Frazer Coupland (pictured), CEO of Lochaber Chamber of Commerce, has been [nominated and] appointed as the new Chair of the Highland Tourism Partnership, a collective of tourism groups from throughout the Scottish Highlands, working across the industry, encouraging collaborative working between public and private sectors.
From the start of what has been described as an ‘unimaginable year’, appointed leaders of Highland destinations have regularly met informally to overcome the challenges and find creative ways to work with the region’s vital tourism businesses.
As attention now turns to recovery both destination leads and public sector partners collectively felt that those businesses fortunate enough to survive would benefit from a re-established and stronger Highland Tourism Partnership.
Destination organisations across the Highlands are already signed up to and fully engaged with the Partnership.
They represent more than 2000 members fully engaged and ready to embrace a new set of challenges.
Having been asked why the Highland Tourism Partnership is so important, Frazer Coupland answered:
“There is never a better time for businesses to collaborate than when faced with a crisis.
“Whilst I understand that there are some fish that love to swim upstream, there are more people, like me, who want to overcome challenges.
“I believe that working closely with public agencies who have committed to taking a supportive role in the partnership, embracing Outlook 2030 and STERG plans, whilst embracing the work done by each of our areas’ destinations, we have a strong and unique brand which we can build upon.
“With great management we can now start to think about Highland recovery and embrace the challenges ahead.”
Michael Golding, CEO of Visit Inverness Loch Ness, said:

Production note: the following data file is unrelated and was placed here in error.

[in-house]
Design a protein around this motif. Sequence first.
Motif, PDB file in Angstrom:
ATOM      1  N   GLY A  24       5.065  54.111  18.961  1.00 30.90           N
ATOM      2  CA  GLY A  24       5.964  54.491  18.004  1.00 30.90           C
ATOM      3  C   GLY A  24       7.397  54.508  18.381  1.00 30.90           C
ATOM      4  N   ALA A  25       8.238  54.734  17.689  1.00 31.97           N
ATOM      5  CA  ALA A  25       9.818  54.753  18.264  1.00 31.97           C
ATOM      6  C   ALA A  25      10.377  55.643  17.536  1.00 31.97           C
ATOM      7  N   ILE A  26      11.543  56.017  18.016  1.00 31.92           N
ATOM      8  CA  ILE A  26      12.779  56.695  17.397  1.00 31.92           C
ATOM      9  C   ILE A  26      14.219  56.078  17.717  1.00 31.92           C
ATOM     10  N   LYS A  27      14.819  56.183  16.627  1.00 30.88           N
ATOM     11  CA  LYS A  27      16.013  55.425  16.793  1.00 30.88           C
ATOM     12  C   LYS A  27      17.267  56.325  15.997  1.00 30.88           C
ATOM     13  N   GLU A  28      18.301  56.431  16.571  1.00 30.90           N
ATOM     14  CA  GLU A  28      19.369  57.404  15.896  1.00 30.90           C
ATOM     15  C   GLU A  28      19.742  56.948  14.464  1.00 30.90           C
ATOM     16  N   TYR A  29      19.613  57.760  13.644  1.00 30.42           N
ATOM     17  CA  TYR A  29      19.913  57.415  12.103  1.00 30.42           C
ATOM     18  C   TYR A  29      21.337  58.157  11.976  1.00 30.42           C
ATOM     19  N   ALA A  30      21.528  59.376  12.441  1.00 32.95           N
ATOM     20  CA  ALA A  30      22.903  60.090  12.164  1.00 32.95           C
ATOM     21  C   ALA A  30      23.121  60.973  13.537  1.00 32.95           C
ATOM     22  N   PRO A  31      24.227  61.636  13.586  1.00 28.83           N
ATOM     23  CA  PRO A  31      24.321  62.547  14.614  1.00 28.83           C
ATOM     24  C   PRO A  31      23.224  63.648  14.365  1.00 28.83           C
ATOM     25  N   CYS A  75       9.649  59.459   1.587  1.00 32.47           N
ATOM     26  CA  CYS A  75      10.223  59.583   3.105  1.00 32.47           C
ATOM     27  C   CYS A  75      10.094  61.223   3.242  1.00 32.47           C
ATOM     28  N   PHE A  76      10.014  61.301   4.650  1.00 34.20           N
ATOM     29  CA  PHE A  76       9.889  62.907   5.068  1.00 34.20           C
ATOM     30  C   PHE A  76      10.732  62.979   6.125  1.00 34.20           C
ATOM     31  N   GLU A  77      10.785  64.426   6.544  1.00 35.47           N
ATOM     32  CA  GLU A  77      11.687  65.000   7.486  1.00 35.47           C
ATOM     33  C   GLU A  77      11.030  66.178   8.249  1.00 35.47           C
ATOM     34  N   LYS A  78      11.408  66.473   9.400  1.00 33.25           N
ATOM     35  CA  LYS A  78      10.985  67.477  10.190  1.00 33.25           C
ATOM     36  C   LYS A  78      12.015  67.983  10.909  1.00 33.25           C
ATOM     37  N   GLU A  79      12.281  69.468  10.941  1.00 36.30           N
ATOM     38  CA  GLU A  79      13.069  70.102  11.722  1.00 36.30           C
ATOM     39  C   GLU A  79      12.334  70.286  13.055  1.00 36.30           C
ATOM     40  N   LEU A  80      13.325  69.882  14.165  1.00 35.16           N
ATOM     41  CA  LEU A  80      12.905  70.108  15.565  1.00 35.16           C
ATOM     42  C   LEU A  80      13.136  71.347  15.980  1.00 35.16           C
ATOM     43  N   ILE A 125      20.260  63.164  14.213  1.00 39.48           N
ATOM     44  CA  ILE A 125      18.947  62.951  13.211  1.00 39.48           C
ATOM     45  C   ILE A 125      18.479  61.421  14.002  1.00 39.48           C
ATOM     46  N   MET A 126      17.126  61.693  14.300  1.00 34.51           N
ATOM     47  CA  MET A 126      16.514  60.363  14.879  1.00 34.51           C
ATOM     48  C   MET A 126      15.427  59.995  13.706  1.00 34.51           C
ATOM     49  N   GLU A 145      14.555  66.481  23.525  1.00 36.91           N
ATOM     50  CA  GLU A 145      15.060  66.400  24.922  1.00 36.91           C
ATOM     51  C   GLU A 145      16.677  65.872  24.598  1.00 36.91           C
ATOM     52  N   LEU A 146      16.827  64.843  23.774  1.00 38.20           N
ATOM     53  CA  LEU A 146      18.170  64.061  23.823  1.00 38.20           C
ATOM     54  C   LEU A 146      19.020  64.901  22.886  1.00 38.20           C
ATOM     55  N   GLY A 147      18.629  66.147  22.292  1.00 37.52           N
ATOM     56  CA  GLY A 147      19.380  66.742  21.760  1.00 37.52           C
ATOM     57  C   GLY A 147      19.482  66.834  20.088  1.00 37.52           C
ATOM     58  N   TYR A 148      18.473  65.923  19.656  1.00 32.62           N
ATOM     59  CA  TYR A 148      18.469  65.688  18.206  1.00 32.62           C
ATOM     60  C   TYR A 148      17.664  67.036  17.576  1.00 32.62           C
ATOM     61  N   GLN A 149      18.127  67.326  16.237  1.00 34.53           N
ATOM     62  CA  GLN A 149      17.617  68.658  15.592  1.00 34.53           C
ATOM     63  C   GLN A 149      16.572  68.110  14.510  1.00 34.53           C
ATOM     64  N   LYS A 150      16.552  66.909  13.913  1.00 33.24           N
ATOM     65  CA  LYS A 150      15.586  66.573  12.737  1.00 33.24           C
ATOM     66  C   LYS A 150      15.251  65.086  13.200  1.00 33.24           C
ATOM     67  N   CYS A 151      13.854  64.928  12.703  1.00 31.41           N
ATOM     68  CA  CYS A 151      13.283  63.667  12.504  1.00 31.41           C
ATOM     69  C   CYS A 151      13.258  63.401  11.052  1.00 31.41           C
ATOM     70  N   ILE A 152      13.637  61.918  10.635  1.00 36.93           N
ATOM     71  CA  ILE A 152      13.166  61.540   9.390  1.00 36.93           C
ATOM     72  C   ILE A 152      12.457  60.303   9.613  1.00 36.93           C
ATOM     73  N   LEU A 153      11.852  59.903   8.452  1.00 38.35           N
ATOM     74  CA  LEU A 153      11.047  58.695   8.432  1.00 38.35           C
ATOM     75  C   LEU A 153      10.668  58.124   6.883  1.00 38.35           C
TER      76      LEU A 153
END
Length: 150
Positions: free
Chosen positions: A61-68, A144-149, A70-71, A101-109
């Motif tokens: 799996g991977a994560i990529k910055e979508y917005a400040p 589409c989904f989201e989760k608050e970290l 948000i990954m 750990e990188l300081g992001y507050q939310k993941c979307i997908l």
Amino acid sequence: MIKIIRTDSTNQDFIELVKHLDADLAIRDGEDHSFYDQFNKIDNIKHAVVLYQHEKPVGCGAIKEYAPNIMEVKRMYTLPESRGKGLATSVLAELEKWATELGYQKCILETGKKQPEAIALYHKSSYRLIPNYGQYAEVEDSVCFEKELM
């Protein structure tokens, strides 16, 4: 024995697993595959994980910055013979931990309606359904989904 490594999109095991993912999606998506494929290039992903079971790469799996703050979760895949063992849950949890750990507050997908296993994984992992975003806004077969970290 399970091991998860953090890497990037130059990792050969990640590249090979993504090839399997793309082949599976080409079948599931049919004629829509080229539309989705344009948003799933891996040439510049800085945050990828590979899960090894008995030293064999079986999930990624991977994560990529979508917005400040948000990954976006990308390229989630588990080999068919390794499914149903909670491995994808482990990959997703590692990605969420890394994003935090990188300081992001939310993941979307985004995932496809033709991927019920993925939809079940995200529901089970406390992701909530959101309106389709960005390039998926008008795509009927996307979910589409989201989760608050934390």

“The Highland Tourism Partnership will once again bring together destination organisations and the public sector to work together and create collaborative opportunities for our tourism industry.
“Whilst the pandemic has brought significant challenges it has enforced new ways of working such as virtual meetings, it has at the same time created opportunity.
“Many of the destinations that are geographically distant have been meeting weekly, working together and sharing challenges.
“It has also led to the creation of multiple joint recovery projects.
“Highland tourism is facing a tremendous challenge.
“However, the representative industry organisations are working closely on behalf of their memberships to achieve the strong Highland wide recovery that we all wish to see.
“Visit Inverness Loch Ness fully supports the appointment of Frazer Coupland as Chair of the Highland Tourism Partnership.
“With his industry experience, extensive network and insightful approach, we are confident that the partnership has the right leadership to find an effective path to recovery and continue the collaborative Highland wide relationships that the partnership creates.
“We look forward to working closely with Frazer in his new role as Chair.”
Over the forthcoming period the Highland Tourism Partnership will focus on Visitor Management and Recovery.
Working across the agencies the partnership will ensure that businesses are well positioned to fully embrace the work that has been carried out throughout lockdown, that includes Education and Marketing, Infrastructure and Investment, Prevention, Regulation and Reassurance.
Chris Taylor, Regional Leadership Director at VisitScotland said:
“I’d like to congratulate Frazer on his appointment as Chair of the Highland Tourism Partnership.
“Frazer has a strong track record in working with others as well as the drive and ambition to make a real difference.
“As we look ahead, it is crucial that we all work together to help manage tourism in a responsible way.
“Consumer trends still show strong demand for the Highlands in the future – visitors are still keen to explore our scenery, landscape, culture and heritage when it is safe to do so.
“Importantly, Scottish people are also rediscovering their own country.
“We have a unique opportunity right now to pause, draw breath and to re-set our ambitions for tourism.
“In 2020 we saw visitors seek out opportunities to slow down, to linger a bit longer and to support the great many local producers of food, art, crafts and textiles.
“We can build on this.
“We can work together to improve the crucial infrastructure that our visitors rely on, but that our local people benefit from too.
“And we can help spread the season, ease and manage pressure at honeypot sites and help communities to derive real benefit from tourism.”
Frazer Coupland added:
“The time is right for uniting the extraordinary work of the Highland destinations, delivering crystal clear messages in order that visitors, businesses, our valued communities, economies and our natural environment can enjoy a vibrant future.
“We can only do this if we work together.”